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The word "sisu"

The tips & notes in one of the early skills is rather vague on the word "sisu" and claims it's mostly untranslatable.

However, a quick search on Wiktionary reveals a number of translations with definitions matching the one given in the tips & notes, while the singular translation given in the notes is rather regional and not very widely-used

In other words, I'm suggesting that that part of the notes be removed, as it's somewhat misleading.


June 29, 2020



Notice how the possible translations listed are very different in meaning? "Stamina", "courage", "determination", and the other words on the list are for the most part not synonyms. Notice how none of the example sentences have the same translation for the word? We are talking about a cultural concept here and the only expression in (American) English that gets very close is "true grit", which we accept as an alternative translation. All the other ones usually listed as potential translations are lacking in one way or another. One day we'll eventually give you sentences with sisu that are long and complicated enough to have enough context to give you one of those words listed on the page you shared as a potential idiomatic translation. That day is not yet here.

Rather ironically, the idea of having "the guts" to do something, also listed on that page, has very similar origins. sisu is related to the Finnish noun sisus, which means "inside(s)". In fact, "internal organs" are still referred to as sisuskalut ("inside tools") in spoken Finnish. However, "the guts" can be used to mean plenty of things that are not covered by sisu, since it can also be used to describe reckless or daring behaviour these days, like pranking your boss. There is nothing reckless about sisu. The Finnish word for behaviour like that would be pokka or kantti. The English expression is also usually used of something that's a single occurrence or a series of them: "Wow, that took guts!" Sisu is more longterm and everyday by its nature. In this sense, it resembles the British "keep calm and carry on" attitude. Except that sisu, once again, also entails many things that are not included in that particular concept. :)


Sisu is more longterm and everyday by its nature. In this sense, it resembles the British "keep calm and carry on" attitude.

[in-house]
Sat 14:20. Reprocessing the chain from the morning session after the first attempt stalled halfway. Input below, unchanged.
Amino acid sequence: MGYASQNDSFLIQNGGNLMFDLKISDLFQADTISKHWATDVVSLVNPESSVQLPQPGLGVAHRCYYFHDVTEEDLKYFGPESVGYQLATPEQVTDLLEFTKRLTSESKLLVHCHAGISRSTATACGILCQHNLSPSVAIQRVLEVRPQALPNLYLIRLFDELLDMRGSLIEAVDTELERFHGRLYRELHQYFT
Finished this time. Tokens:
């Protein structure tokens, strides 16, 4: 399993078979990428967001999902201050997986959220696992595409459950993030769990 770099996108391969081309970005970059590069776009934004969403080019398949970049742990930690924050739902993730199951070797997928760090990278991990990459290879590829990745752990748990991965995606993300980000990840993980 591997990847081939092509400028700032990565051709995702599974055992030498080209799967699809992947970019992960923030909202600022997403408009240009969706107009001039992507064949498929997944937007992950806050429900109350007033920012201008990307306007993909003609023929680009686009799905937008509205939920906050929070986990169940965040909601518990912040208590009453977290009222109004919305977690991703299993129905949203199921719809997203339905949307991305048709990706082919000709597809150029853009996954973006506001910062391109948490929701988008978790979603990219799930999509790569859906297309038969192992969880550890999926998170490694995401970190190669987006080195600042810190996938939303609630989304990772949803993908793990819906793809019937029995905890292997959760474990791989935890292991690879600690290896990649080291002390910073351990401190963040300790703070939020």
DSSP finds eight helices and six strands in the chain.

Would you say sisu is something similar to the British stiff upper lip? I imagine that is also not easy to translate into other languages.


I'd say a British stiff upper lip is a little bit more about being civilized and what you show to the outside world, although it does have similar notions of pushing through adversity.

Finnish sisu can potentially be a bit wild and rowdy, if needed, and has absolutely nothing to do with outward appearances or other people. In fact, you may quite often have to reach for your inner sisu while alone in a forest or somewhere... :-)


That entry is for the use of sisu in English - it doesn't mean the use in English is accurate.


I suppose the idea here has been mostly to guide the learner in figuring out what sisu is, and accepting it as a new word with unique meaning, instead of trying to find the best word to translate it to. Similarly, the word "schadenfreude" has been adopted outside Germany into English vocabulary as something untranslatable by just a single word.

I would still opt to allow some of the more common translations to be accepted as valid for the sentences that use sisu. The main uses for "sisu" are in my opinion in the Finnish language, so there will not be a direct need to use that specific word necessarily in other languages.


We accept "true grit" at the moment as an alternative translation. Once the sentences get longer and more specific in future versions of the tree, you'll also get more translation options. :)

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